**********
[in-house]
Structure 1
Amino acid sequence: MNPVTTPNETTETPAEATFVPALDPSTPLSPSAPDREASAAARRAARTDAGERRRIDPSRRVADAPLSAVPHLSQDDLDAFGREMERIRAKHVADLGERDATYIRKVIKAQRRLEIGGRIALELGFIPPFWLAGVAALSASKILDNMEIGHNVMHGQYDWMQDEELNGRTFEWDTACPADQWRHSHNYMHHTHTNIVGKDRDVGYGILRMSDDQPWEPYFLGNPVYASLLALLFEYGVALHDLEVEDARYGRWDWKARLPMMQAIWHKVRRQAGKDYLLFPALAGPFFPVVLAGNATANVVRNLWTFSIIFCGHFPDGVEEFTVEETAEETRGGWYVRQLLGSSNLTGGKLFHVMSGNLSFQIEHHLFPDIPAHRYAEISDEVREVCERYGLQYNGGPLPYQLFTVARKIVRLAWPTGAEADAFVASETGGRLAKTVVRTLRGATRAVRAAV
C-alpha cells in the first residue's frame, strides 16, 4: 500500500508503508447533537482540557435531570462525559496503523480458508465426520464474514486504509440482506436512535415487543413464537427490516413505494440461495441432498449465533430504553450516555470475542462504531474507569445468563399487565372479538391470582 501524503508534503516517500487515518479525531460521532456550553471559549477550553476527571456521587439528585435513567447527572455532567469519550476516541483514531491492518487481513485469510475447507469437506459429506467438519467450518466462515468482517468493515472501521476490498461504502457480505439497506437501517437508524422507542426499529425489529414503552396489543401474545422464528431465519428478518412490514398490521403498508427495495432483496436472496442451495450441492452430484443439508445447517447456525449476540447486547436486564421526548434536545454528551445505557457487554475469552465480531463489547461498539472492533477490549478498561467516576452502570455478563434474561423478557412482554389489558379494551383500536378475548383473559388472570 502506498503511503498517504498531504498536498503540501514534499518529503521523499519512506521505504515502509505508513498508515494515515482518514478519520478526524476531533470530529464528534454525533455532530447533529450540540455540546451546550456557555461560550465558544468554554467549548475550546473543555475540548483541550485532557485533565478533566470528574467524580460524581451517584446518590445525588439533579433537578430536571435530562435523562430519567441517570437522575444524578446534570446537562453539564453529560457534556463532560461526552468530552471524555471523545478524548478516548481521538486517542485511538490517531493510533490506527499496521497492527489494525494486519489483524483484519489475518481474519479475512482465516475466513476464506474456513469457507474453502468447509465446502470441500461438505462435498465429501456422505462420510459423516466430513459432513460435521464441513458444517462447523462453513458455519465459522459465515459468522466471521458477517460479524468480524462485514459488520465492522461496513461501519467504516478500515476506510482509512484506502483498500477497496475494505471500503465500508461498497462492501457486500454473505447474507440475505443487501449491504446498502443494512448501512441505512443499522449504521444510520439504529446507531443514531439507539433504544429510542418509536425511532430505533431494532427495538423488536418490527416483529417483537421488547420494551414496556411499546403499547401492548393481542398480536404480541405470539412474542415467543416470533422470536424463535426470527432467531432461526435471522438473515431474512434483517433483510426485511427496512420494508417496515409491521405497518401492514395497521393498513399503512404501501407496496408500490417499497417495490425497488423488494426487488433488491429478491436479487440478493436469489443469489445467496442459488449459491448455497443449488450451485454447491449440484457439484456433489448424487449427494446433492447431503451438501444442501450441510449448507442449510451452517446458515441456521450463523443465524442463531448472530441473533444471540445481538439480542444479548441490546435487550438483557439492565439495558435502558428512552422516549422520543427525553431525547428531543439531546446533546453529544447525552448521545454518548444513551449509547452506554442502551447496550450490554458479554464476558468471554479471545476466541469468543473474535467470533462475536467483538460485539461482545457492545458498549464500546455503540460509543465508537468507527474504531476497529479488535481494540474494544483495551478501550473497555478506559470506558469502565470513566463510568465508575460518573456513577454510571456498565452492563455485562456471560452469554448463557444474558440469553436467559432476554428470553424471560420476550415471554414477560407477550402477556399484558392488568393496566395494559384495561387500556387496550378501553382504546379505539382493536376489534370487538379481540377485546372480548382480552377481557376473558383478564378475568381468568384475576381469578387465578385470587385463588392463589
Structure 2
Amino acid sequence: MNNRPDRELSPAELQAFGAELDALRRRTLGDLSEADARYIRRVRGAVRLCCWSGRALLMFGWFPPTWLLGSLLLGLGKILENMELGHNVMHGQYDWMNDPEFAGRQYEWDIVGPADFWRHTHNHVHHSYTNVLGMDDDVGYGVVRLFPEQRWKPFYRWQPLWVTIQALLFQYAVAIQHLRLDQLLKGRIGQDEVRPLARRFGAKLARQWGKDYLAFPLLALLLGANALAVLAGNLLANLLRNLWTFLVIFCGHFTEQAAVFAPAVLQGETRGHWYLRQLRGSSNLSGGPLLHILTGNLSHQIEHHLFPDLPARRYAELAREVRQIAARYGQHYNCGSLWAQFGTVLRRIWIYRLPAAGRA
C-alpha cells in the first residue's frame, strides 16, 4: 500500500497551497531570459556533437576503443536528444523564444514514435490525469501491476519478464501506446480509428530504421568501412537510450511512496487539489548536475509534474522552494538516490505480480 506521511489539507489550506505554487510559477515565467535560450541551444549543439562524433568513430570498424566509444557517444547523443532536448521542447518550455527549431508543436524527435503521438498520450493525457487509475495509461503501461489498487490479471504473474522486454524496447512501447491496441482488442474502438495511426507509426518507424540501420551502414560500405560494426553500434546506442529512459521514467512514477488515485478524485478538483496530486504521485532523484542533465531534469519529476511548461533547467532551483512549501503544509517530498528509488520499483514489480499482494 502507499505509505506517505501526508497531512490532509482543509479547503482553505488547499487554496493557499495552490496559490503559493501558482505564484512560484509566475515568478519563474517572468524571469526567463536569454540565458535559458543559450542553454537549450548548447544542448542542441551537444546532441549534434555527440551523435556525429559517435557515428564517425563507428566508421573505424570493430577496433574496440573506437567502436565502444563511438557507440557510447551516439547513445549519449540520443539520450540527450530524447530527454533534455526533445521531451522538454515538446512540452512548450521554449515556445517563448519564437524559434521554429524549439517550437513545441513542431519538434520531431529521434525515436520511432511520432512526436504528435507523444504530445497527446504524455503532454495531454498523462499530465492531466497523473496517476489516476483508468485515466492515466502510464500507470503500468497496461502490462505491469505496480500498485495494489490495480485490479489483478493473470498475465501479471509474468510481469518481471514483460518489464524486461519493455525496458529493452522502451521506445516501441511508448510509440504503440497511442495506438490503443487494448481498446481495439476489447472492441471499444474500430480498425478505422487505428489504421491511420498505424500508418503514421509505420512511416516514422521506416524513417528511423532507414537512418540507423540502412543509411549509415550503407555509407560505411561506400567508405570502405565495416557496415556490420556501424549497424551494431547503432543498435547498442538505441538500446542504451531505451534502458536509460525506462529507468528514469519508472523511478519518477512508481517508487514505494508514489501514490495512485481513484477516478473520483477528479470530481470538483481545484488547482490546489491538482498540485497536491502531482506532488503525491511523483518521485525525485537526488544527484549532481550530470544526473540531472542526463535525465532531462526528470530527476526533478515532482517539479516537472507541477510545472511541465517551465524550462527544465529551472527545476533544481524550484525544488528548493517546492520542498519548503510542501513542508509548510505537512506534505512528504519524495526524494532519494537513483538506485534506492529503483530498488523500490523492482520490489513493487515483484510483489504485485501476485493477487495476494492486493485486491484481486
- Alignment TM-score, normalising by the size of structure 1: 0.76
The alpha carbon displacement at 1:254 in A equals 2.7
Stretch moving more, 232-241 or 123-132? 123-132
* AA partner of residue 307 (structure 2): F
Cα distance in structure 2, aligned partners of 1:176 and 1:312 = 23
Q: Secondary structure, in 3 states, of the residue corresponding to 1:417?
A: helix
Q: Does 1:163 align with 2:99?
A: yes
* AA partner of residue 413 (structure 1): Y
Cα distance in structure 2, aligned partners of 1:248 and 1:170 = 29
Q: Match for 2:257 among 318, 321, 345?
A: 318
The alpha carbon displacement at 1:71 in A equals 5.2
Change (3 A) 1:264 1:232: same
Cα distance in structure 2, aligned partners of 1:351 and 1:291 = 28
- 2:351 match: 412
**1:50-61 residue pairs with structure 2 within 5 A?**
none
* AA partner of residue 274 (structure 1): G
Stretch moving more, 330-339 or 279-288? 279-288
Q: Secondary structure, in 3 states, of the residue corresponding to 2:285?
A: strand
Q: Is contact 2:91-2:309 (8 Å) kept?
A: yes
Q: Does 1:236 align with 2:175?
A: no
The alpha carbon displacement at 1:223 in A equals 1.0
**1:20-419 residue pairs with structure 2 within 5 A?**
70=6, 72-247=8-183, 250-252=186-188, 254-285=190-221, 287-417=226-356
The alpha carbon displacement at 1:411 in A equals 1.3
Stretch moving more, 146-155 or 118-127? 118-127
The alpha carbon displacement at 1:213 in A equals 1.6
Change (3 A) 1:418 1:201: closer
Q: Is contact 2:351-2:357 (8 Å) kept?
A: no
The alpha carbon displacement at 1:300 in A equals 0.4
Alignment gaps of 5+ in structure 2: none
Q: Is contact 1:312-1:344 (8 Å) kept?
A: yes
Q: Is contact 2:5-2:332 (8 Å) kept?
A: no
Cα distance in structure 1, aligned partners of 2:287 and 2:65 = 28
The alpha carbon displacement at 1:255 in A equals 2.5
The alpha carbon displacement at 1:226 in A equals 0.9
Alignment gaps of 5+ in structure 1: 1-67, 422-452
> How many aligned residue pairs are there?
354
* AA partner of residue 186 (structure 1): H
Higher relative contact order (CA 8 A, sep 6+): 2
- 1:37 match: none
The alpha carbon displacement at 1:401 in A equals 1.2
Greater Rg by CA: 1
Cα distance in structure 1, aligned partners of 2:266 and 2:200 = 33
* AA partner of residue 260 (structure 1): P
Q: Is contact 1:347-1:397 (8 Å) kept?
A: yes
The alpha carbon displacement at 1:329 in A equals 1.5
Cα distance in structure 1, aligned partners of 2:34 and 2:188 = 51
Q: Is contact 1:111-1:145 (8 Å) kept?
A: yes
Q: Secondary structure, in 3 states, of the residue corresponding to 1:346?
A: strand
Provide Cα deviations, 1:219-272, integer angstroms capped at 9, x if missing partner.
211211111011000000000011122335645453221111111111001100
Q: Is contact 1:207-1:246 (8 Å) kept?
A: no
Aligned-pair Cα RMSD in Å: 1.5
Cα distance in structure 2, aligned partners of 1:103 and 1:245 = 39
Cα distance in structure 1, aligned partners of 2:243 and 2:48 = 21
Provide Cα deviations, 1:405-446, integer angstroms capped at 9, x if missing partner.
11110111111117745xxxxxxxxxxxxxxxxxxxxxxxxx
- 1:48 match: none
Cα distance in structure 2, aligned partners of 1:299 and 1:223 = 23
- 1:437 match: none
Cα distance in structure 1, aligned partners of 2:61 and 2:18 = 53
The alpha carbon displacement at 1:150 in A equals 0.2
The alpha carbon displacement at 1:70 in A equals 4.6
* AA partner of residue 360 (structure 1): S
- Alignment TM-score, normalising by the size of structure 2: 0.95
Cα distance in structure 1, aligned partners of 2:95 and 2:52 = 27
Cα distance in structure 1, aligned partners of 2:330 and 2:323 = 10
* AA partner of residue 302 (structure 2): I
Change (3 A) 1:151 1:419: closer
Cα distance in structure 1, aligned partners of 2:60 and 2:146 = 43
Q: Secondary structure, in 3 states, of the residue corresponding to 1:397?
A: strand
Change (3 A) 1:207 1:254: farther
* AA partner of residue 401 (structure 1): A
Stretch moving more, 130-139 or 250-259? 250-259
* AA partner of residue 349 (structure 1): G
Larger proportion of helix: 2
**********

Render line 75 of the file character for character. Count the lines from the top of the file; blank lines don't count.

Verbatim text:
Aligned-pair Cα RMSD in Å: 1.5